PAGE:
As far as I have read, we still don't know exactly whose lettuce had the E.coli on it.  Last I heard, no one as yet had been able to track it back to the grower.  Why didn't the grower fess up to letting their product get out?  Did they have a profit incentive not to?

 

And then there is the obvious point, going back to the flaws of free market capitalism - what if you don't have the means to hire your own private food tester?  Phuc you? 

 

I think it all comes down to whether or not you believe in a welfare state, or not. 

 

Taxation is theft IMO, plain and simple. It drives all of my other views. I mean I guess, sure. Phuc you then. But Again.  The market will figure it out. The churches figure it out. Rich philenthropic folks figure it out. 

 

When the government forces me to pay to taxes to fund things I don’t support it becomes immmoral. 

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5 hours ago, NewfoundlandFreeFrog said:

 

That one would think "the market" should get to decide in matters involving death--without the slightest bit of Sicilian input--is what I find hard to understand.

 

I find it hard to understand why we let the government pick winners and losers. 

 

The market isn’t deciding life or death here. People’s own choices and luck are deciding it. 

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20 hours ago, DirtyThirdFrog said:

 

I find it hard to understand why we let the government pick winners and losers. 

 

The market isn’t deciding life or death here. People’s own choices and luck are deciding it. 

 

The government isn't "picking winners and losers" when it regulates say safe food production. That's just plain silly talk. Given that people have brains, I submit that food safety depends, or at least ought to depend, on one hell of a lot more than "luck".

 

Re. taxes as  "theft" I met a Polaris systems engineer in a federal pen I worked at once who talked like that. He said that taxes were theft because he never signed the Constitution and so his taxes were illegally seized by government thugs. He was as well an incessant quoter from Atlas Shrugged. He was also otherwise crazy as a loon in many other areas but prescient of the far right of today: evolution, extreme religion, whites losing power, science (as evilly against God), etc. and this was the early 70s still. He would seem mainstream on Breitbart today.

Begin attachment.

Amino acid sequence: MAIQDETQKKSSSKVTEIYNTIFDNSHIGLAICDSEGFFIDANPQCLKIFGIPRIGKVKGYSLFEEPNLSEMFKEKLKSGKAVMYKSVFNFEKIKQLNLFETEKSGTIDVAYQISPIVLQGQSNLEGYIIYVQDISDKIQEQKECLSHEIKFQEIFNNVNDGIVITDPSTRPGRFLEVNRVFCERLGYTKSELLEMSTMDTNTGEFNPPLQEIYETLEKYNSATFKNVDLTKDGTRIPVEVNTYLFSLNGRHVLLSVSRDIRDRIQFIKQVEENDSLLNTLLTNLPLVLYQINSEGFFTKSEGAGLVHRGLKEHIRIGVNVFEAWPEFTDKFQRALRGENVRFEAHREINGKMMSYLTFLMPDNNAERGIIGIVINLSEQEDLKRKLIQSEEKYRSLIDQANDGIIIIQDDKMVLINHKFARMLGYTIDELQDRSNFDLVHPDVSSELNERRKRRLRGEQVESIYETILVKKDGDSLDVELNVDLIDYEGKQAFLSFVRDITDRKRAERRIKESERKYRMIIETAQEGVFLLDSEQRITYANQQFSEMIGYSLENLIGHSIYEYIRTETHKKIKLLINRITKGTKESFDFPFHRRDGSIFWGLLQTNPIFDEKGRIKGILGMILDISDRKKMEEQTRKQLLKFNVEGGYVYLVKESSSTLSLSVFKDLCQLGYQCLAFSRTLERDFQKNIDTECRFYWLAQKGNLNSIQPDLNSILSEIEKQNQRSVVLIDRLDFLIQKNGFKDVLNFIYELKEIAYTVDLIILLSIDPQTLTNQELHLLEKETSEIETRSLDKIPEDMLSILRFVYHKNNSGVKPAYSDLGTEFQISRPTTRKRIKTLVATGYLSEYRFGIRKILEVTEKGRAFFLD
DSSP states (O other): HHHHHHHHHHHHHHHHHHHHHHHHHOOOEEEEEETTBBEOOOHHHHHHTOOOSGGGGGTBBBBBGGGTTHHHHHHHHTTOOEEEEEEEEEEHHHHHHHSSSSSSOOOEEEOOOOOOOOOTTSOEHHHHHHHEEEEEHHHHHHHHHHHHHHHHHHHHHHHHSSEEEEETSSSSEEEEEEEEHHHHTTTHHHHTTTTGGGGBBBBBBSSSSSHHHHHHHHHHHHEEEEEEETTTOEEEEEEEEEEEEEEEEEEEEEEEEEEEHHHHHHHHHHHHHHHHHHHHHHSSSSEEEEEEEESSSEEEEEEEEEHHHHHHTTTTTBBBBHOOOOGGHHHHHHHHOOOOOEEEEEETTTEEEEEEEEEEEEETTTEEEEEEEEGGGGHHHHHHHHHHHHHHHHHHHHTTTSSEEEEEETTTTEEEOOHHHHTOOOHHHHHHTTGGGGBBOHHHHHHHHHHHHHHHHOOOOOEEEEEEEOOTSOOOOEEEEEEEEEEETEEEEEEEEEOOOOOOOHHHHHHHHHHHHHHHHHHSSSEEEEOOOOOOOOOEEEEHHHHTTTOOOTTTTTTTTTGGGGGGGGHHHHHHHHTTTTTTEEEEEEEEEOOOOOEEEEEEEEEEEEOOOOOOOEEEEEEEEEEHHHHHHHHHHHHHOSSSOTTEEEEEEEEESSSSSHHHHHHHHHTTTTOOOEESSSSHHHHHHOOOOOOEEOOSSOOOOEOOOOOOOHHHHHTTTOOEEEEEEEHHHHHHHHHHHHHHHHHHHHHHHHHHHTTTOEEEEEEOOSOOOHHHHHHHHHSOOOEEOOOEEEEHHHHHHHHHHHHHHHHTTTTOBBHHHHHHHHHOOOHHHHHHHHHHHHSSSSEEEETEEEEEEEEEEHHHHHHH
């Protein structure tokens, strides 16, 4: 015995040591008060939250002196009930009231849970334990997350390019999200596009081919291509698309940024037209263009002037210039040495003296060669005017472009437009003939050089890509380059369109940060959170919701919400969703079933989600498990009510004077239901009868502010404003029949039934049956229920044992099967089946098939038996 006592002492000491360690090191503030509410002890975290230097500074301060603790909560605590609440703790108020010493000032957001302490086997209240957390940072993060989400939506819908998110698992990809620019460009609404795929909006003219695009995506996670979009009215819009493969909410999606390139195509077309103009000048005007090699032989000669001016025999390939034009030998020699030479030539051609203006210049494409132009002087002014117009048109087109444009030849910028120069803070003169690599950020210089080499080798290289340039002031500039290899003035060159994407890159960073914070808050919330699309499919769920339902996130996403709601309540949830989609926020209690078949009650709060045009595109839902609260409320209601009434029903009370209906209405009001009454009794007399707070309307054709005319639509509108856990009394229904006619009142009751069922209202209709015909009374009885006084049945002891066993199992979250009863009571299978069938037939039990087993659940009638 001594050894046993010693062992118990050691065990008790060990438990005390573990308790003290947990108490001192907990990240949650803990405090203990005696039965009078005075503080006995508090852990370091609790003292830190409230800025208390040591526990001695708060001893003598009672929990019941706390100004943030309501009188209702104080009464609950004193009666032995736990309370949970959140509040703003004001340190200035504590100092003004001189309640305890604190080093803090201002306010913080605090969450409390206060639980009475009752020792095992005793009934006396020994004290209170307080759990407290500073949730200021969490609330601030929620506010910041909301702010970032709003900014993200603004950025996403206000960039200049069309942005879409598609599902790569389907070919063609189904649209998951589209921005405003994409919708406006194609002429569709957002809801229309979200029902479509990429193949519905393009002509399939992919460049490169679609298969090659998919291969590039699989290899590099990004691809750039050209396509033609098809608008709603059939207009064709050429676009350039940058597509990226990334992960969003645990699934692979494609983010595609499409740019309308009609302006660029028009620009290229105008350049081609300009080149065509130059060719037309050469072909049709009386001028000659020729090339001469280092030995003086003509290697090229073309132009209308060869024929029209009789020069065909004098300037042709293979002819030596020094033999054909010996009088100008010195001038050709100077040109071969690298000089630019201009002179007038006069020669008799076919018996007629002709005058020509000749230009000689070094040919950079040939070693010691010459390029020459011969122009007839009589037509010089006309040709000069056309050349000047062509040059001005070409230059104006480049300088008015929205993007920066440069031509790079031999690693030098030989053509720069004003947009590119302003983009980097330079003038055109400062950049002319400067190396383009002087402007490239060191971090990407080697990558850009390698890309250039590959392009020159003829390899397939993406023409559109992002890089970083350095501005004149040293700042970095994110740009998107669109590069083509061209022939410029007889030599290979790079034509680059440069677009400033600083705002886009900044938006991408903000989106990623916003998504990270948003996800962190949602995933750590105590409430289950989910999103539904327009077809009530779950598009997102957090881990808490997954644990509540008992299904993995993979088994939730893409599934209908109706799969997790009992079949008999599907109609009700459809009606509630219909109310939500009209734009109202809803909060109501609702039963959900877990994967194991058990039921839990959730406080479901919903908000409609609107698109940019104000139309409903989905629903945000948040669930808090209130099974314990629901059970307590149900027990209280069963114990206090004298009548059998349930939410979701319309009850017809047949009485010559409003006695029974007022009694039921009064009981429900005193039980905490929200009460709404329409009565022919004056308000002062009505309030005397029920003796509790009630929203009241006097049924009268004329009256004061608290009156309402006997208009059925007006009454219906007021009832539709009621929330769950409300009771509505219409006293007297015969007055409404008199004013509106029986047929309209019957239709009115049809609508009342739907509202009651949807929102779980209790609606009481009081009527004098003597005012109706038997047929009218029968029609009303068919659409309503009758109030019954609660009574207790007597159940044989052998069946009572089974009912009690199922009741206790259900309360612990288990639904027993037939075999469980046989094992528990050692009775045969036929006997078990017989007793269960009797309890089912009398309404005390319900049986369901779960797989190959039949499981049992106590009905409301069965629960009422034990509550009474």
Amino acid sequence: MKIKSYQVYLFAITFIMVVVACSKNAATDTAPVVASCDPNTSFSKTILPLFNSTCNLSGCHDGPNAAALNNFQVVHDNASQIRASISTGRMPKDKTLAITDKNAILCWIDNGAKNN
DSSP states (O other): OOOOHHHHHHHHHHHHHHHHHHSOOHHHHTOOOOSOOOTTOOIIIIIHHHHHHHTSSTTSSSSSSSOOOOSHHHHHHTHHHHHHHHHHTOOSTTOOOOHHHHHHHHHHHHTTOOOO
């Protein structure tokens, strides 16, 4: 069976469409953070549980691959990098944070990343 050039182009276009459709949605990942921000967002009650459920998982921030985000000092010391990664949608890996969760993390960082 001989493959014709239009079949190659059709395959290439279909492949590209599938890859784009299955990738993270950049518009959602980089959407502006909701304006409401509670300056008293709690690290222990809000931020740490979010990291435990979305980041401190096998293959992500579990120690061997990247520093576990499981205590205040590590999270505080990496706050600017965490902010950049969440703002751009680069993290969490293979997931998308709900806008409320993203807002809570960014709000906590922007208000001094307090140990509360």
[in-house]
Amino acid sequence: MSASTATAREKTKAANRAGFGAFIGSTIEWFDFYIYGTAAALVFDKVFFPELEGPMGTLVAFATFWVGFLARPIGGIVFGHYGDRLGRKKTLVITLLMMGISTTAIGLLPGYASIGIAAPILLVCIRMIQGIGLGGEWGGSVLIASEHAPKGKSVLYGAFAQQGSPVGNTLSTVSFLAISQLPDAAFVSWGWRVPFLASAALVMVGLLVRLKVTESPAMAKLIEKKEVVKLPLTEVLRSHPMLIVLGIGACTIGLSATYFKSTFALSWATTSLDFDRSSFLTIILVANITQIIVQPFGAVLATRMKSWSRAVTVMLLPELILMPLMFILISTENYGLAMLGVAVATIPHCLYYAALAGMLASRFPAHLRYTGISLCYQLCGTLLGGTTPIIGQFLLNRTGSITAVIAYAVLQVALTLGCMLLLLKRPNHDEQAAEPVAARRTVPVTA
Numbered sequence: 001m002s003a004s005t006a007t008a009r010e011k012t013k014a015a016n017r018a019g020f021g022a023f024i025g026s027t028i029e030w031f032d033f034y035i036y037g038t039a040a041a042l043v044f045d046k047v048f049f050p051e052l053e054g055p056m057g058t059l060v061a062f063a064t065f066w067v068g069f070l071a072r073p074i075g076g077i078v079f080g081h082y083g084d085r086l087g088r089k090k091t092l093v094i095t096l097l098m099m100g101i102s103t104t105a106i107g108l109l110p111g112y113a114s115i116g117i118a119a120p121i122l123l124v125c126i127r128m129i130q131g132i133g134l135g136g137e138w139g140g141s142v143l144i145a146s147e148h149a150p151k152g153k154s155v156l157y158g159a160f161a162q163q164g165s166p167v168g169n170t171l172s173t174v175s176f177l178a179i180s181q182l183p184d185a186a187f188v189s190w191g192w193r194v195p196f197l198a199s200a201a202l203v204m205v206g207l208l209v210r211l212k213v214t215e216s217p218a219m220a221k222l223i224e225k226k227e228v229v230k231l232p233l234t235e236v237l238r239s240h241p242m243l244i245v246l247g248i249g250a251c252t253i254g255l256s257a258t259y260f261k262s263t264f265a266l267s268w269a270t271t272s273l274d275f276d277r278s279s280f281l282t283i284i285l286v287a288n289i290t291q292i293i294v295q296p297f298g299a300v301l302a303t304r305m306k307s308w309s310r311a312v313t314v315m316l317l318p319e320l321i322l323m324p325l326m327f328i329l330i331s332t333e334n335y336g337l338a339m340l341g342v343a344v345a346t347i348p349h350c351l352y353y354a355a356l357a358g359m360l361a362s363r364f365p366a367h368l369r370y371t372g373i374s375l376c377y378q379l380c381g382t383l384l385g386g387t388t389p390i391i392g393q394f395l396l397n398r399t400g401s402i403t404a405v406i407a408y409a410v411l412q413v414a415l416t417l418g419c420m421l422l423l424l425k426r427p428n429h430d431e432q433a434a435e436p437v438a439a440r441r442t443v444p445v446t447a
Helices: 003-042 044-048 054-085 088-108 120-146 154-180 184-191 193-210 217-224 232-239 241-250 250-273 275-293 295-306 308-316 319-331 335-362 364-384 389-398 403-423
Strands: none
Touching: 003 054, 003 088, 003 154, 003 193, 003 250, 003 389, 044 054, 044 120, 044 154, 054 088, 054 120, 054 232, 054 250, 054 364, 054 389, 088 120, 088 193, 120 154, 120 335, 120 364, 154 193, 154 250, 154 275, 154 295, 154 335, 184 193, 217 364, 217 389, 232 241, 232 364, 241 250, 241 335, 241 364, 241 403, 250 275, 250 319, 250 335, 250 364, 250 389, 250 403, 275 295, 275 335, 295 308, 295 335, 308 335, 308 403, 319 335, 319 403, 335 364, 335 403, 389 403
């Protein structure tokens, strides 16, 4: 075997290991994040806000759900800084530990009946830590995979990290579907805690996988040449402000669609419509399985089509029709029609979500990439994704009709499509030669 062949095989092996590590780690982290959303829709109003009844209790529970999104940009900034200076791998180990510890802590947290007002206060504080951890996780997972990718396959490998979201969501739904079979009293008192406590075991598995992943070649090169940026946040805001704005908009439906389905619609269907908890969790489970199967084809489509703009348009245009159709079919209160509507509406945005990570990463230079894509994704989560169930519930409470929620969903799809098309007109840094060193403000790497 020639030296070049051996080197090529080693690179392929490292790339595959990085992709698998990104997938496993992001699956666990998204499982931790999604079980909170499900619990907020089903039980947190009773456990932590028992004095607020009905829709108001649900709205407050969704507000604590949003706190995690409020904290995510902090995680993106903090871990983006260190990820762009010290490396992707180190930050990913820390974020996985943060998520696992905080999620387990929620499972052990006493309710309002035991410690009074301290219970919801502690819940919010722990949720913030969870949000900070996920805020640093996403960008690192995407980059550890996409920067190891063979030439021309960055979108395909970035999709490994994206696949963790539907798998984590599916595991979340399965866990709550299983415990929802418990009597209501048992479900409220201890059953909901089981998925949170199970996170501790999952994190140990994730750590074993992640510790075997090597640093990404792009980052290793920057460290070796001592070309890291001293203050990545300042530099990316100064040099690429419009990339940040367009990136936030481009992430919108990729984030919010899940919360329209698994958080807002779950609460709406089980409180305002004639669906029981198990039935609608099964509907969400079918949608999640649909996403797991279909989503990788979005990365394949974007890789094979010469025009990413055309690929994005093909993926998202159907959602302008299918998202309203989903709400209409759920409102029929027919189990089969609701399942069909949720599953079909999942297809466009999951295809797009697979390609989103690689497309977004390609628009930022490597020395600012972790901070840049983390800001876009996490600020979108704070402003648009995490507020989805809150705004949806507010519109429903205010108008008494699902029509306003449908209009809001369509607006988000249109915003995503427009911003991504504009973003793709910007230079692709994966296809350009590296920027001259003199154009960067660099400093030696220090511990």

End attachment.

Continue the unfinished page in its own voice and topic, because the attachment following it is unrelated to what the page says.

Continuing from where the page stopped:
I've always had adolescent thoughts about how nice libertarianism would be. It seems so rational on the surface. Then I watch a segment of Judge Judy and realize its functioning depends on assumptions about human nature that just aren't true to fact. 

 

The basic fact is that people need to squabble. Political systems are simply ways of directing the squabbling. Democratic-type institutions are about the best ways to promote both human advances and the need for squabbling around. Depending on individual rationality and the magic of unregulated markets alone has much less evidence for being good ways.

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What happens if I don't pay taxes?

 

They want to arrest me.

 

What happens when they arrest me?

 

They point a gun at me.

 

Taxation in theft at the point of a gun.

 

Socialism for the win!